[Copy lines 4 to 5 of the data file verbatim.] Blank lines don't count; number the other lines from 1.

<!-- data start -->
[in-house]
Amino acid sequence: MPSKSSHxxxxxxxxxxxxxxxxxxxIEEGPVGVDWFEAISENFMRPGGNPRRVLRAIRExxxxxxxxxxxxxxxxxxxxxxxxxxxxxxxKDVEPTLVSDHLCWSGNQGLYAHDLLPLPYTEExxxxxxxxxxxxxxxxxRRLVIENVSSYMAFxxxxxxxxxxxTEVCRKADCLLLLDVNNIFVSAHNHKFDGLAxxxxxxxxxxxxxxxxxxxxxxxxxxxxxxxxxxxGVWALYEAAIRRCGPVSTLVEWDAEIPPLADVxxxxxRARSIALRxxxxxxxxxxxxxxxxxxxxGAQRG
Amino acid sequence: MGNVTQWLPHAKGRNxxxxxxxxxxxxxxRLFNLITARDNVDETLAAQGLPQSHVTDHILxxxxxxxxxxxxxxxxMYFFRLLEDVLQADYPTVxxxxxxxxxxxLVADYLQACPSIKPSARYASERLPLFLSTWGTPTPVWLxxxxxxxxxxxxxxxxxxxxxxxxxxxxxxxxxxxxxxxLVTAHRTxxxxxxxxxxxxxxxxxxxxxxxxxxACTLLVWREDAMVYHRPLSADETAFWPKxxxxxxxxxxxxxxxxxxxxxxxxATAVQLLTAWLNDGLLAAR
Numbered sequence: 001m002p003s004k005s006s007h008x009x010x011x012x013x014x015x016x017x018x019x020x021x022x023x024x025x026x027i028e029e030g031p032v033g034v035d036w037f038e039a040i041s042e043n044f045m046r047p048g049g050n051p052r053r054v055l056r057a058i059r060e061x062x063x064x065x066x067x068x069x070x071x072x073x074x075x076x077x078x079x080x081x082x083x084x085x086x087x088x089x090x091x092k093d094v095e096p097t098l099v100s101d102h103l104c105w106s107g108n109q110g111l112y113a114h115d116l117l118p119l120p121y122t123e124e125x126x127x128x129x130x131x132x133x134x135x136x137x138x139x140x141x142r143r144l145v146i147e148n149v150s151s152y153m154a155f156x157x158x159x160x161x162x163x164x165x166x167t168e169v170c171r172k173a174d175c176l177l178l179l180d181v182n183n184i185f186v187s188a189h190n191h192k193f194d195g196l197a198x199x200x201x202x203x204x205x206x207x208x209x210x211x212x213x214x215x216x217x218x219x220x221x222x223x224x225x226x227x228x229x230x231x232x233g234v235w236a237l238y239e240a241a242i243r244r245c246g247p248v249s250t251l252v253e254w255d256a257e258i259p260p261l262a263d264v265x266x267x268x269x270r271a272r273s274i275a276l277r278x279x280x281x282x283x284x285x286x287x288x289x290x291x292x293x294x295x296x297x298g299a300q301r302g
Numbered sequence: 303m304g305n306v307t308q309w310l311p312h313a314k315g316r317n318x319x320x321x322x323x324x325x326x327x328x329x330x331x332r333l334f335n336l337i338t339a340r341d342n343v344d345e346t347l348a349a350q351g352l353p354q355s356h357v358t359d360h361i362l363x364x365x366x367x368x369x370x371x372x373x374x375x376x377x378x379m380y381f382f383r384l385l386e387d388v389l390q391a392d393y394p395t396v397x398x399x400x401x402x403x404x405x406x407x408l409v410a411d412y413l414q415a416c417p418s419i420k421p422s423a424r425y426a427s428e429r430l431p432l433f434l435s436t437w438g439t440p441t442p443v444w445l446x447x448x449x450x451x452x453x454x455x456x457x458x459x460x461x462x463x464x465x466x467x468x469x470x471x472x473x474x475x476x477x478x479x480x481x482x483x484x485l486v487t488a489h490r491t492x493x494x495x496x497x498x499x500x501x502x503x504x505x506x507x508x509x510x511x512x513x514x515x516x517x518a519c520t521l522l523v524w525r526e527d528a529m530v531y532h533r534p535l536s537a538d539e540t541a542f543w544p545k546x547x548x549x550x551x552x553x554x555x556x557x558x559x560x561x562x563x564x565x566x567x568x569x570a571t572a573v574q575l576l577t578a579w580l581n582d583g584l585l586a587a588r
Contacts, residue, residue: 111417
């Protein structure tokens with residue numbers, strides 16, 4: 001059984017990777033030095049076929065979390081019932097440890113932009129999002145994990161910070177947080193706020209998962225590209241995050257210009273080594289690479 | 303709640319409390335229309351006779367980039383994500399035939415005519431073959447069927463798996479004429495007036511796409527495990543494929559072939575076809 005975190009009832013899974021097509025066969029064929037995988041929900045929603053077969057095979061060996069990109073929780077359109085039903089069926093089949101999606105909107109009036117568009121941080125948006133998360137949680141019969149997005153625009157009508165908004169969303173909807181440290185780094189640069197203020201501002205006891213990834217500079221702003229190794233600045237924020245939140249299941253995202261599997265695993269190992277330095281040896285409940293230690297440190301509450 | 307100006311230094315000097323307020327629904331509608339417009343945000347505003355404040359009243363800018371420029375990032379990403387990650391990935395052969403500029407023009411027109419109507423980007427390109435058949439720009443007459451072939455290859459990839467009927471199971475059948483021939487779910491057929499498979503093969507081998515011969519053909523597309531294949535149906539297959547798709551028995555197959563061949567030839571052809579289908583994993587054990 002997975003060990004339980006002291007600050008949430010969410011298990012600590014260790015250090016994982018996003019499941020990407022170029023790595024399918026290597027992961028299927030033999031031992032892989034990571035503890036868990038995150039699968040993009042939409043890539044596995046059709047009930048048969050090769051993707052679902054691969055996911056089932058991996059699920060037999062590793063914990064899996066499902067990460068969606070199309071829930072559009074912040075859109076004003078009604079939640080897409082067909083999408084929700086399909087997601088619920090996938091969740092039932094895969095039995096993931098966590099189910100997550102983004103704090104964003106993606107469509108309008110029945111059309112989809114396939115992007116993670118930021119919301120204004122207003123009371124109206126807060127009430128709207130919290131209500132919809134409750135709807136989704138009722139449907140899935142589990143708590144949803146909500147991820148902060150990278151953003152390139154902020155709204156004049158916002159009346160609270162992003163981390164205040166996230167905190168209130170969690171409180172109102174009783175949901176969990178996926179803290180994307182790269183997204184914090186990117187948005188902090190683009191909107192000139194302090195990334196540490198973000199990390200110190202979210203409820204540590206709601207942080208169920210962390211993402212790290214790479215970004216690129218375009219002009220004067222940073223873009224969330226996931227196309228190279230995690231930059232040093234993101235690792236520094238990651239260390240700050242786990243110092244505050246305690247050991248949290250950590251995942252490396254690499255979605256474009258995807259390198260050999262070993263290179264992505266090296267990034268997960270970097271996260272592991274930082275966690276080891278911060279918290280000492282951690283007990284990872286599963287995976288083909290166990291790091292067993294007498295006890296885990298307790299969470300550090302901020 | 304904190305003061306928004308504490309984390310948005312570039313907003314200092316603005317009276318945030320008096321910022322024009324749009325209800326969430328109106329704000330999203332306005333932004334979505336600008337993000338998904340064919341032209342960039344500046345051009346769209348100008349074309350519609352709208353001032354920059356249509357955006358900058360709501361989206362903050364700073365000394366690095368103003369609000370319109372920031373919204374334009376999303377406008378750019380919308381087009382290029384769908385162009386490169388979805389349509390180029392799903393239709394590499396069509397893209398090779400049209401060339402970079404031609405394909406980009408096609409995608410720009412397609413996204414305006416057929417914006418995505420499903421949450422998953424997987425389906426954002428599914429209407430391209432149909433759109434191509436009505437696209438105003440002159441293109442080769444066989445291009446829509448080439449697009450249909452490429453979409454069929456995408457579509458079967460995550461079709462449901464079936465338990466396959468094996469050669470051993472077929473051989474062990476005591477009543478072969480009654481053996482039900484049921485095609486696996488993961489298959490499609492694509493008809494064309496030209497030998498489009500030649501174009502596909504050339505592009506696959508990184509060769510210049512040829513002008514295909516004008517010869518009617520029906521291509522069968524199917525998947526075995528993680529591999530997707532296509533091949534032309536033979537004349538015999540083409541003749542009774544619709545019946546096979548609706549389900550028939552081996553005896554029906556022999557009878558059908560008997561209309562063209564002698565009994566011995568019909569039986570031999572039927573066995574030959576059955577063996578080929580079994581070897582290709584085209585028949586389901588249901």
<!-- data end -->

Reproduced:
Numbered sequence: 001m002p003s004k005s006s007h008x009x010x011x012x013x014x015x016x017x018x019x020x021x022x023x024x025x026x027i028e029e030g031p032v033g034v035d036w037f038e039a040i041s042e043n044f045m046r047p048g049g050n051p052r053r054v055l056r057a058i059r060e061x062x063x064x065x066x067x068x069x070x071x072x073x074x075x076x077x078x079x080x081x082x083x084x085x086x087x088x089x090x091x092k093d094v095e096p097t098l099v100s101d102h103l104c105w106s107g108n109q110g111l112y113a114h115d116l117l118p119l120p121y122t123e124e125x126x127x128x129x130x131x132x133x134x135x136x137x138x139x140x141x142r143r144l145v146i147e148n149v150s151s152y153m154a155f156x157x158x159x160x161x162x163x164x165x166x167t168e169v170c171r172k173a174d175c176l177l178l179l180d181v182n183n184i185f186v187s188a189h190n191h192k193f194d195g196l197a198x199x200x201x202x203x204x205x206x207x208x209x210x211x212x213x214x215x216x217x218x219x220x221x222x223x224x225x226x227x228x229x230x231x232x233g234v235w236a237l238y239e240a241a242i243r244r245c246g247p248v249s250t251l252v253e254w255d256a257e258i259p260p261l262a263d264v265x266x267x268x269x270r271a272r273s274i275a276l277r278x279x280x281x282x283x284x285x286x287x288x289x290x291x292x293x294x295x296x297x298g299a300q301r302g
Numbered sequence: 303m304g305n306v307t308q309w310l311p312h313a314k315g316r317n318x319x320x321x322x323x324x325x326x327x328x329x330x331x332r333l334f335n336l337i338t339a340r341d342n343v344d345e346t347l348a349a350q351g352l353p354q355s356h357v358t359d360h361i362l363x364x365x366x367x368x369x370x371x372x373x374x375x376x377x378x379m380y381f382f383r384l385l386e387d388v389l390q391a392d393y394p395t396v397x398x399x400x401x402x403x404x405x406x407x408l409v410a411d412y413l414q415a416c417p418s419i420k421p422s423a424r425y426a427s428e429r430l431p432l433f434l435s436t437w438g439t440p441t442p443v444w445l446x447x448x449x450x451x452x453x454x455x456x457x458x459x460x461x462x463x464x465x466x467x468x469x470x471x472x473x474x475x476x477x478x479x480x481x482x483x484x485l486v487t488a489h490r491t492x493x494x495x496x497x498x499x500x501x502x503x504x505x506x507x508x509x510x511x512x513x514x515x516x517x518a519c520t521l522l523v524w525r526e527d528a529m530v531y532h533r534p535l536s537a538d539e540t541a542f543w544p545k546x547x548x549x550x551x552x553x554x555x556x557x558x559x560x561x562x563x564x565x566x567x568x569x570a571t572a573v574q575l576l577t578a579w580l581n582d583g584l585l586a587a588r